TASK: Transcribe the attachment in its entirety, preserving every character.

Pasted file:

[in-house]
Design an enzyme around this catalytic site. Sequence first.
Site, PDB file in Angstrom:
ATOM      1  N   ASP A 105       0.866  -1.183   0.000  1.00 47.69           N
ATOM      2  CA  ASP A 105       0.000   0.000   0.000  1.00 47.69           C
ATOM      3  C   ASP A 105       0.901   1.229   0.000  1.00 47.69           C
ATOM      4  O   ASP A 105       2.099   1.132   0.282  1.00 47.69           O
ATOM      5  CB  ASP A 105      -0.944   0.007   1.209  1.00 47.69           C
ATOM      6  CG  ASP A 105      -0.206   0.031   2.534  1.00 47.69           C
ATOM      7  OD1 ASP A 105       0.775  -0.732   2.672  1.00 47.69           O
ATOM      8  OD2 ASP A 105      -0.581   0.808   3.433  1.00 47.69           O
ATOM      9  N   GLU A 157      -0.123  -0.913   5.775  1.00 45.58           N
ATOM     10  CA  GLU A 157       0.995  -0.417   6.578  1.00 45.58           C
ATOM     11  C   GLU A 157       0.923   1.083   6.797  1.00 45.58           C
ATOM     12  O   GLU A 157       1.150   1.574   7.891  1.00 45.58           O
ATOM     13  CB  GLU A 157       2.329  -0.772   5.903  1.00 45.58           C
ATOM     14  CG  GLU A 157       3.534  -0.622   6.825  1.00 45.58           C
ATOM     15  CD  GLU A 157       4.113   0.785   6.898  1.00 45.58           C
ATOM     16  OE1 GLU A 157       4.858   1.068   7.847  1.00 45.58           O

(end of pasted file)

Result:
[in-house]
Design an enzyme around this catalytic site. Sequence first.
Site, PDB file in Angstrom:
ATOM      1  N   ASP A 105       0.866  -1.183   0.000  1.00 47.69           N
ATOM      2  CA  ASP A 105       0.000   0.000   0.000  1.00 47.69           C
ATOM      3  C   ASP A 105       0.901   1.229   0.000  1.00 47.69           C
ATOM      4  O   ASP A 105       2.099   1.132   0.282  1.00 47.69           O
ATOM      5  CB  ASP A 105      -0.944   0.007   1.209  1.00 47.69           C
ATOM      6  CG  ASP A 105      -0.206   0.031   2.534  1.00 47.69           C
ATOM      7  OD1 ASP A 105       0.775  -0.732   2.672  1.00 47.69           O
ATOM      8  OD2 ASP A 105      -0.581   0.808   3.433  1.00 47.69           O
ATOM      9  N   GLU A 157      -0.123  -0.913   5.775  1.00 45.58           N
ATOM     10  CA  GLU A 157       0.995  -0.417   6.578  1.00 45.58           C
ATOM     11  C   GLU A 157       0.923   1.083   6.797  1.00 45.58           C
ATOM     12  O   GLU A 157       1.150   1.574   7.891  1.00 45.58           O
ATOM     13  CB  GLU A 157       2.329  -0.772   5.903  1.00 45.58           C
ATOM     14  CG  GLU A 157       3.534  -0.622   6.825  1.00 45.58           C
ATOM     15  CD  GLU A 157       4.113   0.785   6.898  1.00 45.58           C
ATOM     16  OE1 GLU A 157       4.858   1.068   7.847  1.00 45.58           O